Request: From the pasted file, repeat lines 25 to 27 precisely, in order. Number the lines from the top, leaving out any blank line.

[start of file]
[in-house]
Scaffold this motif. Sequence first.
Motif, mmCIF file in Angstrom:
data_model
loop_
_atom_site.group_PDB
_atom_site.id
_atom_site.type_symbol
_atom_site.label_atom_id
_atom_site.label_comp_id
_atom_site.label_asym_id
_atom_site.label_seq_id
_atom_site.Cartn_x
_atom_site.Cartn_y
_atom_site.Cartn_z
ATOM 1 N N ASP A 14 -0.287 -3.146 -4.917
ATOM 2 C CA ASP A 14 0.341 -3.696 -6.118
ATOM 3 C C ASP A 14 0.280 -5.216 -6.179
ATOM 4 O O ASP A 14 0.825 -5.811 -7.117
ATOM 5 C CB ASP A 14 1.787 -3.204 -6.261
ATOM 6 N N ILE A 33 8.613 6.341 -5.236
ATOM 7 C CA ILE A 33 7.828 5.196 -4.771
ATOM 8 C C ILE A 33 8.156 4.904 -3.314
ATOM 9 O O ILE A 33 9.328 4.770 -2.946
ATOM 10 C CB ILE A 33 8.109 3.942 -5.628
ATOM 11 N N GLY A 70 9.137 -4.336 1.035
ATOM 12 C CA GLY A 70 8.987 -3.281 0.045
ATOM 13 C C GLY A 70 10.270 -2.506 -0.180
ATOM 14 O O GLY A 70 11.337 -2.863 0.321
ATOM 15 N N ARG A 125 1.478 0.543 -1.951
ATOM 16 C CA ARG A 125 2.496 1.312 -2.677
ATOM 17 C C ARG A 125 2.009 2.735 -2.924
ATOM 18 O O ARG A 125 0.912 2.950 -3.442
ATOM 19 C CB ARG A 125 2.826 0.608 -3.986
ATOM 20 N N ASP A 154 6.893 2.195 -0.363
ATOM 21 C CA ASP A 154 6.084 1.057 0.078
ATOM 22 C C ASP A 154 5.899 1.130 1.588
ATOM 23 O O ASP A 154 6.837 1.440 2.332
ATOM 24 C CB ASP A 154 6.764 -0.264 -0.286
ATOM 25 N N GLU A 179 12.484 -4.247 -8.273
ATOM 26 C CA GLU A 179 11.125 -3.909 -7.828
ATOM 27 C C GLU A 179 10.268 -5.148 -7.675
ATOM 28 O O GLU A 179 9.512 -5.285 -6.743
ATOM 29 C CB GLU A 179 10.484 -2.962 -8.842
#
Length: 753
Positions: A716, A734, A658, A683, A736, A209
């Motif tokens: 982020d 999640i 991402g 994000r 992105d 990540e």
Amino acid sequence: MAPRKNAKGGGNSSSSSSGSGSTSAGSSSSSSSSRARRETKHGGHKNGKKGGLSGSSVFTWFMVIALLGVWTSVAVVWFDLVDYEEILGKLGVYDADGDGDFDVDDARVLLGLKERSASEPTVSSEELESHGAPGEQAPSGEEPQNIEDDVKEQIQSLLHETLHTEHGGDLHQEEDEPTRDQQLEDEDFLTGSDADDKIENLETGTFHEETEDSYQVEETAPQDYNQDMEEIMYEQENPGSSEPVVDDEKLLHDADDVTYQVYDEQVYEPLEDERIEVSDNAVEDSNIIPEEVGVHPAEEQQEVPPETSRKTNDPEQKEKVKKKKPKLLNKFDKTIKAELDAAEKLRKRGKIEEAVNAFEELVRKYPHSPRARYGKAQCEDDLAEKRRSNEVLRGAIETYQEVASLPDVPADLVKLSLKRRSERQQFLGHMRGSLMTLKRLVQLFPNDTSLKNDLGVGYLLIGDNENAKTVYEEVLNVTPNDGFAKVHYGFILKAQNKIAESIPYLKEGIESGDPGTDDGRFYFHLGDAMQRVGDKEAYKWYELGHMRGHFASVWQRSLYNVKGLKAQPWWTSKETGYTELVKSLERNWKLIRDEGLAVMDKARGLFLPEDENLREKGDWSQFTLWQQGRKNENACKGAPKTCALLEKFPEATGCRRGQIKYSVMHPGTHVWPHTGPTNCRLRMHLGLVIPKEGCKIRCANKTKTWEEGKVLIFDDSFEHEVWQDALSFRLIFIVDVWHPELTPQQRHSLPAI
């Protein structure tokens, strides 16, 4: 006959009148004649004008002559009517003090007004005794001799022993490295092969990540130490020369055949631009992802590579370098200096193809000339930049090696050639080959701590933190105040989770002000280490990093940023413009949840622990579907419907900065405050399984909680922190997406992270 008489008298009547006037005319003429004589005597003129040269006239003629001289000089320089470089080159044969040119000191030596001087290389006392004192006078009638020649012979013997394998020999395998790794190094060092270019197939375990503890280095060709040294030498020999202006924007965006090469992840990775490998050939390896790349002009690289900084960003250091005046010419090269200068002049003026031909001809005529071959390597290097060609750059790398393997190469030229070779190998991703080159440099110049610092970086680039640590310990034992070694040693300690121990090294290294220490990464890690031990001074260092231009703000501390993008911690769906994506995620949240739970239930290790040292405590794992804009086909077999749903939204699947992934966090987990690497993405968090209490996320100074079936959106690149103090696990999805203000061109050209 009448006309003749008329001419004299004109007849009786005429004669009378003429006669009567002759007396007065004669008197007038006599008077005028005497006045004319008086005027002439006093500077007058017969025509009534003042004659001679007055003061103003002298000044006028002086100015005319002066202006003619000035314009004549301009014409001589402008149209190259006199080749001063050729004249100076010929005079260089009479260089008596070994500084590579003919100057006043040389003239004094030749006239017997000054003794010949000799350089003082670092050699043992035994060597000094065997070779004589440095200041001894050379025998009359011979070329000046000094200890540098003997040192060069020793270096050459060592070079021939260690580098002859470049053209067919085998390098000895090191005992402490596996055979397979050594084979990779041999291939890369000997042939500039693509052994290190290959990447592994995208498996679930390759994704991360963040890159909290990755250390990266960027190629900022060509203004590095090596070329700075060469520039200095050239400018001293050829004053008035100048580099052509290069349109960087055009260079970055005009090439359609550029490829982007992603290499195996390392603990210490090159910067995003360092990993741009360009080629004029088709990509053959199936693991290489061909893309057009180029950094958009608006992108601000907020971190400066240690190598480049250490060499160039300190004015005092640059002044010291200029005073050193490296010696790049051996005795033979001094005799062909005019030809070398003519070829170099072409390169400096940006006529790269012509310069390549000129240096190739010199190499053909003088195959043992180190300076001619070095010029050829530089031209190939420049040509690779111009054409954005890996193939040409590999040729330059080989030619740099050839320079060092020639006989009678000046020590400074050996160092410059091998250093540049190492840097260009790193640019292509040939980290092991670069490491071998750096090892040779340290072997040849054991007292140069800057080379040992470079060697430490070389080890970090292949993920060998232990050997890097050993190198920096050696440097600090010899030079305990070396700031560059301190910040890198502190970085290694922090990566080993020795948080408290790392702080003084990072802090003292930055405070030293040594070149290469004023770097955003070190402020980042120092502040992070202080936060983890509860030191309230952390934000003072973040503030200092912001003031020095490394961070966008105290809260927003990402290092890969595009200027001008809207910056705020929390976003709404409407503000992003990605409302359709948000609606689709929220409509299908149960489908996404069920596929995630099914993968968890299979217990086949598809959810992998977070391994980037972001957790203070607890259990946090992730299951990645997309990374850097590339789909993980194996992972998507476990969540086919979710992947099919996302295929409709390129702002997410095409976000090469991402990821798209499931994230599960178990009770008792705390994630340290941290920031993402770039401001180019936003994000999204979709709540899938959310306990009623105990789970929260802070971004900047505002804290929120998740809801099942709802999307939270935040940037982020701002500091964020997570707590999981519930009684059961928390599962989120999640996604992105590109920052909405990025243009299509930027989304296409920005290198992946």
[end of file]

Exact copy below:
ATOM 10 C CB ILE A 33 8.109 3.942 -5.628
ATOM 11 N N GLY A 70 9.137 -4.336 1.035
ATOM 12 C CA GLY A 70 8.987 -3.281 0.045